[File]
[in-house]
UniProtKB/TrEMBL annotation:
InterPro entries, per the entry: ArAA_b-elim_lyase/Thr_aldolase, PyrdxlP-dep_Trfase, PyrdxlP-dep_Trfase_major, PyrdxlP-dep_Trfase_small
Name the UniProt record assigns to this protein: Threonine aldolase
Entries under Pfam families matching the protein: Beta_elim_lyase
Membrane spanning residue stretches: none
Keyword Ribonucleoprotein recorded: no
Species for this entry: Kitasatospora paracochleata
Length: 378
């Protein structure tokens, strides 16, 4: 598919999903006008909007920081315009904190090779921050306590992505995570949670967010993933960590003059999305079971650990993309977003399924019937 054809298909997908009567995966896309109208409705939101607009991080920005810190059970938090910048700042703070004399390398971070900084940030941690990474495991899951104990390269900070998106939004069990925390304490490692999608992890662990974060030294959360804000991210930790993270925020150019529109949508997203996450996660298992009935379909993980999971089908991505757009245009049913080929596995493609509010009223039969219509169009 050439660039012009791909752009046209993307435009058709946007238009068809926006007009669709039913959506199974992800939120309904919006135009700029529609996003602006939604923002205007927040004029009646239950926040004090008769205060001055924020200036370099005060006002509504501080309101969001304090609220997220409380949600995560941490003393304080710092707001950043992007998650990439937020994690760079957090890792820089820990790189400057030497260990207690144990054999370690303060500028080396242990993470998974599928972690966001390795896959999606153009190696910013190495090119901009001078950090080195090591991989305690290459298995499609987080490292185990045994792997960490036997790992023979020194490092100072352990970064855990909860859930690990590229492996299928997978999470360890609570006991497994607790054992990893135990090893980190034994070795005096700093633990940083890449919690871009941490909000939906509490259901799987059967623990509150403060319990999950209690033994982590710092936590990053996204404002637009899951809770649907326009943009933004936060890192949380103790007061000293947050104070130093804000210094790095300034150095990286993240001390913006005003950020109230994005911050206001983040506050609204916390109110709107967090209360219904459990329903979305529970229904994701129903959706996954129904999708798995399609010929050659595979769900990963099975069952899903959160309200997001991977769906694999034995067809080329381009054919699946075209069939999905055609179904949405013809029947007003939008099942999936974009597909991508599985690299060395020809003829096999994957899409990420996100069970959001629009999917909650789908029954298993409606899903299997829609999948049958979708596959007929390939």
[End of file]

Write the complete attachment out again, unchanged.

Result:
[in-house]
UniProtKB/TrEMBL annotation:
InterPro entries, per the entry: ArAA_b-elim_lyase/Thr_aldolase, PyrdxlP-dep_Trfase, PyrdxlP-dep_Trfase_major, PyrdxlP-dep_Trfase_small
Name the UniProt record assigns to this protein: Threonine aldolase
Entries under Pfam families matching the protein: Beta_elim_lyase
Membrane spanning residue stretches: none
Keyword Ribonucleoprotein recorded: no
Species for this entry: Kitasatospora paracochleata
Length: 378
């Protein structure tokens, strides 16, 4: 598919999903006008909007920081315009904190090779921050306590992505995570949670967010993933960590003059999305079971650990993309977003399924019937 054809298909997908009567995966896309109208409705939101607009991080920005810190059970938090910048700042703070004399390398971070900084940030941690990474495991899951104990390269900070998106939004069990925390304490490692999608992890662990974060030294959360804000991210930790993270925020150019529109949508997203996450996660298992009935379909993980999971089908991505757009245009049913080929596995493609509010009223039969219509169009 050439660039012009791909752009046209993307435009058709946007238009068809926006007009669709039913959506199974992800939120309904919006135009700029529609996003602006939604923002205007927040004029009646239950926040004090008769205060001055924020200036370099005060006002509504501080309101969001304090609220997220409380949600995560941490003393304080710092707001950043992007998650990439937020994690760079957090890792820089820990790189400057030497260990207690144990054999370690303060500028080396242990993470998974599928972690966001390795896959999606153009190696910013190495090119901009001078950090080195090591991989305690290459298995499609987080490292185990045994792997960490036997790992023979020194490092100072352990970064855990909860859930690990590229492996299928997978999470360890609570006991497994607790054992990893135990090893980190034994070795005096700093633990940083890449919690871009941490909000939906509490259901799987059967623990509150403060319990999950209690033994982590710092936590990053996204404002637009899951809770649907326009943009933004936060890192949380103790007061000293947050104070130093804000210094790095300034150095990286993240001390913006005003950020109230994005911050206001983040506050609204916390109110709107967090209360219904459990329903979305529970229904994701129903959706996954129904999708798995399609010929050659595979769900990963099975069952899903959160309200997001991977769906694999034995067809080329381009054919699946075209069939999905055609179904949405013809029947007003939008099942999936974009597909991508599985690299060395020809003829096999994957899409990420996100069970959001629009999917909650789908029954298993409606899903299997829609999948049958979708596959007929390939």